Prioritizing People:

Confront and Conquer Burnout Together

By NAfME Member Dr. Lori Schwartz Reichl 

“You will burn and you will burn out; you will be healed and come back again.”―Fyodor Dostoevsky

Life seems a bit more fragile these days, regardless of what roles we serve professionally and personally. Expectations, positions, careers, health, and households may have changed or will change. As part of the “sandwich” generation, many of us are caring for aging parents while also raising children, along with maintaining the responsibilities of our work. The endless news of war, mass shootings, vehicle collisions, tragic accidents, mental health, and disease causes worry and concern. Every time we turn on the TV, scroll social media, or talk to a friend or relative, it appears someone I know, you know, or we knew at one phase in our lives has fallen ill or died for various reasons. These realizations about lives being stolen away often take our breaths away for a moment in time. Life is a gift and too many of us are living it in a state of despair.

I have been hearing the phrase “Process over Product” much more in recent years, especially in education regarding the “doing” versus the “done” of an activity, project, presentation, or performance. I am drawn to its intention about the experience of learning but feel as though something—or someone—is missing from its meaning. What if we changed this phrase to read “People over Process and Product”? How could this prioritization of people alter our preparation, planning, and performance in our learning, leading, and living spaces? Would we more carefully consider each person rather than the entire family, class, ensemble, or department as a whole?

“There is no ‘I’ in TEAM,” was a phrase I heard echoed by coaches, directors, teachers, and leaders in my youth. I probably said it at some point in my life and career, too. But did I believe it then? Do I believe it now? Could it be negatively impacting how we learn, lead, and love?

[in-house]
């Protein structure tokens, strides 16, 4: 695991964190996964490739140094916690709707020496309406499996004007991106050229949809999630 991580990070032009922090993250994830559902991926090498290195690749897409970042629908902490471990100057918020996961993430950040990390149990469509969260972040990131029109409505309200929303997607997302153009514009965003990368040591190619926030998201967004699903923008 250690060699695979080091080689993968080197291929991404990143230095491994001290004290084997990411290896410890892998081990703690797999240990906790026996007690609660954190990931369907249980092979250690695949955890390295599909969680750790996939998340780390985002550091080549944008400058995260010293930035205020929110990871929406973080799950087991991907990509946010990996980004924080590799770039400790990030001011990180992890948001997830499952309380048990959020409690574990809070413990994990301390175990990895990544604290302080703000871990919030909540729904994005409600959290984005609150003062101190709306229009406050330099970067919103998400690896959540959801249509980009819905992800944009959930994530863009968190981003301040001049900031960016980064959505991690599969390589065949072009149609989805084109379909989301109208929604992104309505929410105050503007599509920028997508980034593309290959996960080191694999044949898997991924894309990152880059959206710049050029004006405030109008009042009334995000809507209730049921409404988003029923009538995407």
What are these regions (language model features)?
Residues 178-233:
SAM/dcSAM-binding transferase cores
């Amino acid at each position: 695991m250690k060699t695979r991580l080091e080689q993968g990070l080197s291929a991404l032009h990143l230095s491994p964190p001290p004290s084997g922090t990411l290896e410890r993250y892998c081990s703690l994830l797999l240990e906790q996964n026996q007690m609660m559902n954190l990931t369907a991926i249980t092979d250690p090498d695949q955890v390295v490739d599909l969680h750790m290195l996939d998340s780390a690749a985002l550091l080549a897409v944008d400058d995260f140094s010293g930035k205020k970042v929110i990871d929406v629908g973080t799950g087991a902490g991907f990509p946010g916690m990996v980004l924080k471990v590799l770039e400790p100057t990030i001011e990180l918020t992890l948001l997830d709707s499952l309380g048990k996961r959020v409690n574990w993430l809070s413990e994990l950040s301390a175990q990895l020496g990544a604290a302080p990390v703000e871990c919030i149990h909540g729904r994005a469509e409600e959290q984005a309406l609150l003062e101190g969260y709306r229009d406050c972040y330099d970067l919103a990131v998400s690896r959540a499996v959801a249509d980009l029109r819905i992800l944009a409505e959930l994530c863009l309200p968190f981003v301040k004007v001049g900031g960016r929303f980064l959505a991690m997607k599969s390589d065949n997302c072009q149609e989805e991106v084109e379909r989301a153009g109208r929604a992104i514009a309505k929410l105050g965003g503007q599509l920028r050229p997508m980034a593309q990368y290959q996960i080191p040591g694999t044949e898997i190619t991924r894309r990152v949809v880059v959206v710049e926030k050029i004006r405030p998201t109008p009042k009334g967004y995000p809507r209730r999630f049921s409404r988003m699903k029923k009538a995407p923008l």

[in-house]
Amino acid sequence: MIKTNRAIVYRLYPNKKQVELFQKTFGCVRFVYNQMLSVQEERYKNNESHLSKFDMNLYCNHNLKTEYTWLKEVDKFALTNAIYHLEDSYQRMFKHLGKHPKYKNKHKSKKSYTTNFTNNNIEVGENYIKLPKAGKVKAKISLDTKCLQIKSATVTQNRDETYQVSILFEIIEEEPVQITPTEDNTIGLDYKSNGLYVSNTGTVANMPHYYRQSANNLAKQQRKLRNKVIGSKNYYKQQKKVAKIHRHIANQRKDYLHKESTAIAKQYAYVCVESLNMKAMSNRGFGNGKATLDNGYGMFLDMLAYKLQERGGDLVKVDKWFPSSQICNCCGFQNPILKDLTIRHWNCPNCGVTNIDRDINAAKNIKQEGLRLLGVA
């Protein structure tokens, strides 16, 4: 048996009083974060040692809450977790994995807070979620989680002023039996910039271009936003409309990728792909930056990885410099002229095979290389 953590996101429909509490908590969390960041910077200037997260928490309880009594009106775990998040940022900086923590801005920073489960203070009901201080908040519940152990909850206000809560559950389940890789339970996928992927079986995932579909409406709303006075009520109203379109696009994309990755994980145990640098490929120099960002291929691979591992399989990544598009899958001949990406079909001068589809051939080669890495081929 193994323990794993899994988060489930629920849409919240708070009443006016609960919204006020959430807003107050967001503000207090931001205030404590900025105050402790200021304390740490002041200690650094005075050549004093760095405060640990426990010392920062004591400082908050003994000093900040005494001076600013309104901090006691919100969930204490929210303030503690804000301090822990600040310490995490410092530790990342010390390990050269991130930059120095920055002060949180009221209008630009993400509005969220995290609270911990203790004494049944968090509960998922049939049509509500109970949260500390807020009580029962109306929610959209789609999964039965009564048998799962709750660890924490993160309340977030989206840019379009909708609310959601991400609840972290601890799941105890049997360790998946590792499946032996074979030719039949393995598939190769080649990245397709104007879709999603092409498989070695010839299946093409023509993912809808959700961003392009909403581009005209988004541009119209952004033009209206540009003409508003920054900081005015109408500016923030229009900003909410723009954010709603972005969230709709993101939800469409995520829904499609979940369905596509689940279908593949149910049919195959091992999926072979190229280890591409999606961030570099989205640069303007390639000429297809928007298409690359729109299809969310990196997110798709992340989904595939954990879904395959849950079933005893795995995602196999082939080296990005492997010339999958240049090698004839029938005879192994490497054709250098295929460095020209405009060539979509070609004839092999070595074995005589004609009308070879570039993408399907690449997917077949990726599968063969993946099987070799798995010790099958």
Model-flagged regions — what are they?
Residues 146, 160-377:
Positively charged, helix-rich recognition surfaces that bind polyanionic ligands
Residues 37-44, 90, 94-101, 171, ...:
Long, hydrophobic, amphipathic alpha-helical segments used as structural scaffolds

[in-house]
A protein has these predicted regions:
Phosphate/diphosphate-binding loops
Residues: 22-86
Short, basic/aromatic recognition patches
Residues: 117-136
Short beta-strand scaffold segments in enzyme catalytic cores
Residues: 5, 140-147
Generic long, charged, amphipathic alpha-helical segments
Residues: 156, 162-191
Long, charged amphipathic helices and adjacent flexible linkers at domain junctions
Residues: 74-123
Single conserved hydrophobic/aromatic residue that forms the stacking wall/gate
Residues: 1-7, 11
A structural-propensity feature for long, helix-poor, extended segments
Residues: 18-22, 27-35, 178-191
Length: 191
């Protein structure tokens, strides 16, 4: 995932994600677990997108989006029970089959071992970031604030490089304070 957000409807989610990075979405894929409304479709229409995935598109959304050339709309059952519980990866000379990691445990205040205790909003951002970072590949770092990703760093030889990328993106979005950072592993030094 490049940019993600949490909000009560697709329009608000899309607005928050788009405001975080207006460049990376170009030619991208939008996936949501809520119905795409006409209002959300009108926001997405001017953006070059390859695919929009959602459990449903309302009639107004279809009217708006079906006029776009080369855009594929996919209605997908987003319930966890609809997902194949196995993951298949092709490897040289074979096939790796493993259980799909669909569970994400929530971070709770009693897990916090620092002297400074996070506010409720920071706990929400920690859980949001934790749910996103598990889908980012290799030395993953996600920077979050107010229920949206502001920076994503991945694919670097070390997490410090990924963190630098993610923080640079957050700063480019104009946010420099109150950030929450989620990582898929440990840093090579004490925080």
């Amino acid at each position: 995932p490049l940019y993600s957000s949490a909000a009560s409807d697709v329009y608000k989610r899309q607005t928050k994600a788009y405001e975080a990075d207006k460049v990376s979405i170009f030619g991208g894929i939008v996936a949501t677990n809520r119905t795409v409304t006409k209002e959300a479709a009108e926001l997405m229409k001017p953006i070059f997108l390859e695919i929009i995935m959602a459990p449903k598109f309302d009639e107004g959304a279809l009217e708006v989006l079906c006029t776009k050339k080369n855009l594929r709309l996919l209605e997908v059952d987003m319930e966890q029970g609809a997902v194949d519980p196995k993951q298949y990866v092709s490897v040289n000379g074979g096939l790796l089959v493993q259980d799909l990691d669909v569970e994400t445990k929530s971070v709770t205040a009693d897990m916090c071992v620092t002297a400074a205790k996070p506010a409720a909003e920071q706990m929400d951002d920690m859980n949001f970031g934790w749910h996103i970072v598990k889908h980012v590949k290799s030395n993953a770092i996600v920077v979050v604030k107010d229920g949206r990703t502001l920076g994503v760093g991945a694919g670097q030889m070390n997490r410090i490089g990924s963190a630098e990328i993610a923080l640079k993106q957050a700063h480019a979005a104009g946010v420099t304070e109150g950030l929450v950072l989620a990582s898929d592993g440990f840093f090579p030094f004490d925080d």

A team is made up of many unique individuals, just like (or unlike!) you and me, who learn, lead, and love differently. The many “I’s” intricately make up each grouping of people. With or without a certain “I,” the unit will function differently. A decision, pace, content, or meaning could be altered or lost because of the absence or addition of one person. The process will change. The product may be modified. Think of what happens when we are missing a member of our family, a student in our class, a musician in our ensemble, an athlete on our team, or a leader in our department. There is a void. Without a certain “I,” the group may not exist or excel at its greatest potential.

If we begin the process of producing with “I,” we can first ask ourselves how we feel. Do we feel good about our work? Are we content with our lives? Are we happy to be alive? From there, we can focus on how our loved ones, students, colleagues, and employees may also be feeling.

In researching the components, signs, and stages of burnout and investing a deep concern for our well-being and for those we love, serve, and lead, two California colleagues and I (in Maryland) designed and presented the webinar, “Burnt Out —> Now What?” While living on different sides of the country, we have felt burnout at varying phases in our lives and careers. In preparation for this webinar, I read the attendees’ responses about what symptoms of burnout they are experiencing. I was devastated but not shocked by their responses. There are similarities throughout the numerous responses and an equivalence to how I feel and act each time burnout occurs. The responses included boredom, lack of motivation, little enjoyment, stress/anxiety, exhaustion, being overwhelmed, not wanting to get out of bed, less patience with loved ones, lack of interest in previously enjoyed activities, and waiting for a sign to leave their job. These responses are an obvious sign of needing and wanting help.

In a Harvard Business Review article, Dr. Monique Valcour states,

“Research has also linked burnout to many negative physical and mental health outcomes, including coronary artery disease, hypertension, sleep disturbances, depression, and anxiety, as well as to increased alcohol and drug use. Moreover, burnout has been shown to produce feelings of futility and alienation, undermine the quality of relationships, and diminish long-term career prospects.”

Within the article, Valcour discusses that burnout is a three-component syndrome of exhaustion, cynicism, and inefficacy that arises in response to chronic stressors. Cynicism, Valcour says, “can be the result of work overload, but it is also likely to occur in the presence of high conflict, unfairness, and lack of participation in decision making.” She goes on to clarify, “Inefficacy refers to feelings of incompetence and a lack of achievement and productivity.” Burnout can also begin when “you lack the resources and support to do your job well, including adequate time, information, clear expectations, autonomy, and good relationships with those whose involvement you need to succeed. The absence of feedback and meaningful recognition, which leaves you wondering about the quality of your work and feeling that it’s unappreciated, can also activate this component.”